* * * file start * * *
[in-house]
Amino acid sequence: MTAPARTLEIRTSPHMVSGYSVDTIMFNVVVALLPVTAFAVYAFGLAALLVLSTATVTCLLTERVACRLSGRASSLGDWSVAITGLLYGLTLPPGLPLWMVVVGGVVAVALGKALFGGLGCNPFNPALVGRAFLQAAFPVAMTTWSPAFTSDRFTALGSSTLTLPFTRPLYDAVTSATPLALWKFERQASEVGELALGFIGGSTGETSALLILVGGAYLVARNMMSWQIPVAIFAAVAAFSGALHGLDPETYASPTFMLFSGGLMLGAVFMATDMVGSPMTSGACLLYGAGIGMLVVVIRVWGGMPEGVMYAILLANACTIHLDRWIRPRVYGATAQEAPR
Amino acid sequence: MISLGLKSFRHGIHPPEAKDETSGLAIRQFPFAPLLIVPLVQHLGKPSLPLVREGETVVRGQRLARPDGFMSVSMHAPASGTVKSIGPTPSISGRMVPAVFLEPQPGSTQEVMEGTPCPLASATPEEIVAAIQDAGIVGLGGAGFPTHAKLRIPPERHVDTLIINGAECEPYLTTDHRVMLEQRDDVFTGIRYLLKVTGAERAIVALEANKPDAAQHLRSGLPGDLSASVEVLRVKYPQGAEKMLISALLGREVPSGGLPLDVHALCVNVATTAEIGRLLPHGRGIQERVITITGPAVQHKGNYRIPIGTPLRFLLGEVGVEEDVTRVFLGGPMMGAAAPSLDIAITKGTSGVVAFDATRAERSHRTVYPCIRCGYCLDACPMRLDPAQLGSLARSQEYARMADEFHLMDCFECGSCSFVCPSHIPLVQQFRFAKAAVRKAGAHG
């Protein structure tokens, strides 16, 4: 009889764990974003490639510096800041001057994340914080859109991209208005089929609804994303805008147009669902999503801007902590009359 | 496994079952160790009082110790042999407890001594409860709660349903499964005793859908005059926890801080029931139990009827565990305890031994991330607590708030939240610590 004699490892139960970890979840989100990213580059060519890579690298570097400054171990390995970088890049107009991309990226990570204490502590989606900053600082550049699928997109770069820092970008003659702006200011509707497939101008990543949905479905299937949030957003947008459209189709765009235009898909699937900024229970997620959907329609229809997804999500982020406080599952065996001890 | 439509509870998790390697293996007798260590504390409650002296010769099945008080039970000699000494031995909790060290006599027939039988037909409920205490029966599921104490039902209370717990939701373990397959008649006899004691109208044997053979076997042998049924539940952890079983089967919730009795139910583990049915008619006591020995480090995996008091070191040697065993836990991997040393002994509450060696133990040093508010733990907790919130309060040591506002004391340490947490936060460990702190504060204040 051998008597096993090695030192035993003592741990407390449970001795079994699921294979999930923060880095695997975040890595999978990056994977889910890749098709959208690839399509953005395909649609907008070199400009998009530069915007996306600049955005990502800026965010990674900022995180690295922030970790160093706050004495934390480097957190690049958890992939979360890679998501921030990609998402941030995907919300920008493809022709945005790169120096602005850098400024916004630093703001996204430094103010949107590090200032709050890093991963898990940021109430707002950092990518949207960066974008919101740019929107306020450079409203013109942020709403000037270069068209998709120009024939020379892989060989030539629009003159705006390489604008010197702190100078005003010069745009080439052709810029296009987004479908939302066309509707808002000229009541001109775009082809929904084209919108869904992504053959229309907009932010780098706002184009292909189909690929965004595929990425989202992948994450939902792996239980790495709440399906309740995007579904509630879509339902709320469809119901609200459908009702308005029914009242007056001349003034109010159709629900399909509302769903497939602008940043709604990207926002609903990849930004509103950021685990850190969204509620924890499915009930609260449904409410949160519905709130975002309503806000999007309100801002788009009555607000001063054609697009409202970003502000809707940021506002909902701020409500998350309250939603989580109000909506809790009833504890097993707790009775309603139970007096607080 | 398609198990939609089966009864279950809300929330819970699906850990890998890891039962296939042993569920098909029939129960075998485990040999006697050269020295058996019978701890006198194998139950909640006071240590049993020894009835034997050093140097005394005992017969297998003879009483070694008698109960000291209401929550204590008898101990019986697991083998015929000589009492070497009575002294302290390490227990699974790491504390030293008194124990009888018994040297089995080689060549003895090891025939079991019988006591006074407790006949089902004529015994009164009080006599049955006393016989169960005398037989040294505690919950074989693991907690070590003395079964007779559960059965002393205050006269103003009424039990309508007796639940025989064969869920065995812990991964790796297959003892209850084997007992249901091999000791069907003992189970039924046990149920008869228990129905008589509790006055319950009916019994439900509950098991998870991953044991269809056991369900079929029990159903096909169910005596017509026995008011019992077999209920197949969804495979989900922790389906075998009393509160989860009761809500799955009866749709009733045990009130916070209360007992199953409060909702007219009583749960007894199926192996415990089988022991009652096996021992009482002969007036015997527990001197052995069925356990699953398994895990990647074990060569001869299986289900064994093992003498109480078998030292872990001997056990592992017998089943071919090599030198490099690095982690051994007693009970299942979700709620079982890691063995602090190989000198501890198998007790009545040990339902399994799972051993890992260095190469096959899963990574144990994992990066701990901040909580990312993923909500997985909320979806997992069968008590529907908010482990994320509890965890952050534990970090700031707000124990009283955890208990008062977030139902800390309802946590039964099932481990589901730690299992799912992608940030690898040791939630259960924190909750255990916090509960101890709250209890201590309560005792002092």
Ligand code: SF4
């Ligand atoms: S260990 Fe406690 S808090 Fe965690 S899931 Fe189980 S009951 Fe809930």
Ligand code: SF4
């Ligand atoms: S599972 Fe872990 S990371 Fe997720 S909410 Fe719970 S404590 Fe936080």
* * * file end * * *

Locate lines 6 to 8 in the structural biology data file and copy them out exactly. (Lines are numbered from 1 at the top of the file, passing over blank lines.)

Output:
């Ligand atoms: S260990 Fe406690 S808090 Fe965690 S899931 Fe189980 S009951 Fe809930």
Ligand code: SF4
């Ligand atoms: S599972 Fe872990 S990371 Fe997720 S909410 Fe719970 S404590 Fe936080």